The difference between our findings and previous studies can be explained by several factors. Our higher incidence of lesions can partly be attributed to the type of population admitted to the hospital—an obstetric tertiary care centre. As we were interested in evaluating the incidence of ultrasound abnormalities in an unselected population of infants admitted in the postnatal ward who were classified as normal and ready to be discharged, we did not exclude, unlike the previous studies, infants below 37 weeks or those with mild perinatal distress or antenatal problems. Nevertheless, although these seem the most likely reason for the difference observed, none of the markers of perinatal or antenatal distress evaluated showed any consistent association with abnormal ultrasound findings. Only infants with an intrauterine diagnosis of IUGR were more frequently associated with ultrasound abnormalities.
Even excluding the infants with antenatal and/or perinatal factors from our cohort, however, the incidence of abnormal ultrasound scans is still significantly higher (15.8%) than studies have reported before. We feel that the higher incidence of abnormal ultrasound findings is probably due to the presence of periventricular and thalamic densities that have not been described in previous studies. The absence of these lesions in the publications in the early 1980s may be due to the fact that there was less awareness of these lesions and that they were probably more difficult to detect with the generation of scanners available at that time,14-17 although these have not been mentioned in a more recent publication.18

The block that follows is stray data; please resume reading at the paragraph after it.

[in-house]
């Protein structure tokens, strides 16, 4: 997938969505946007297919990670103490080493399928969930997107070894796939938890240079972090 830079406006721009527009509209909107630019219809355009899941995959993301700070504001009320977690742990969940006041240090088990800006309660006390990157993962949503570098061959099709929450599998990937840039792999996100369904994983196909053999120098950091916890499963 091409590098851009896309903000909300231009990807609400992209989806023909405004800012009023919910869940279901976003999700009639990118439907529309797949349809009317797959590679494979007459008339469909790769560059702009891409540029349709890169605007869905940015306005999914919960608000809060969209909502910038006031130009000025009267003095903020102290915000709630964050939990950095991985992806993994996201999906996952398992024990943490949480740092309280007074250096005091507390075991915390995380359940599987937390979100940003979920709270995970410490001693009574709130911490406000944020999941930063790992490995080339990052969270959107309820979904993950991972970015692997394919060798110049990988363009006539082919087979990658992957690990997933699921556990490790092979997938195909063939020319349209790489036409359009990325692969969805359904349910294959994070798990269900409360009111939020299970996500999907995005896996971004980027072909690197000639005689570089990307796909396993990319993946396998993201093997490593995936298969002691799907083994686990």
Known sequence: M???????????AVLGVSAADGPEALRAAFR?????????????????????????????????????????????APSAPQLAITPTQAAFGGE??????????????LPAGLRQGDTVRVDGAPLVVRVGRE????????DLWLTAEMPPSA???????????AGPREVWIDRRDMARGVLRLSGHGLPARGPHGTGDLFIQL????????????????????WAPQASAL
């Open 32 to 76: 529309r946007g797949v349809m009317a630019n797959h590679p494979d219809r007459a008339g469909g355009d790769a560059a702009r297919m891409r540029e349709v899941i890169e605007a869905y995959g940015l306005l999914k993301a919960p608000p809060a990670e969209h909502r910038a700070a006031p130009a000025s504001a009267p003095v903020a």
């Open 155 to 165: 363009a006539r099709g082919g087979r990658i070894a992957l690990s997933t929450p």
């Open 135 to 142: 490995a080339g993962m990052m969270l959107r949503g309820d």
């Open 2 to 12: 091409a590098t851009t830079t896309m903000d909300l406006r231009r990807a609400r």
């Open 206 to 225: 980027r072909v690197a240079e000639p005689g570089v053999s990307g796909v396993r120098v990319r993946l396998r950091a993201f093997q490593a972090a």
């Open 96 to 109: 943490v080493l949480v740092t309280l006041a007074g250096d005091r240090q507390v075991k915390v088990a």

Ultrasound abnormalities were significantly associated with deviant patterns on clinical neurological examination (p=<0.0001). Severe neurological abnormalities, however, were only seen in three cases, while only mild signs such as decreased tone or reduced alertness were found in all the others. Although these patterns were not severe enough to attract the attention of parents or midwives, they could be observed easily by a paediatrician on a structured neurological examination.
Our results suggest that ultrasound abnormalities in apparently well neonates may be more common than previously reported and that lesions which could be ischaemic such as flare densities can be observed even in the absence of any antenatal or perinatal risk factors. The prognostic importance of these findings is not completely clear. Previous studies in preterm infants with similar lesions have shown that these infants do not show severe motor or cognitive impairment.19-23 While small haemorrhages are rarely associated with sequelae, however, it has also been reported that persistent periventricular densities often result in minor motor or perceptual difficulties later on.19-23 The same might apply to these infants.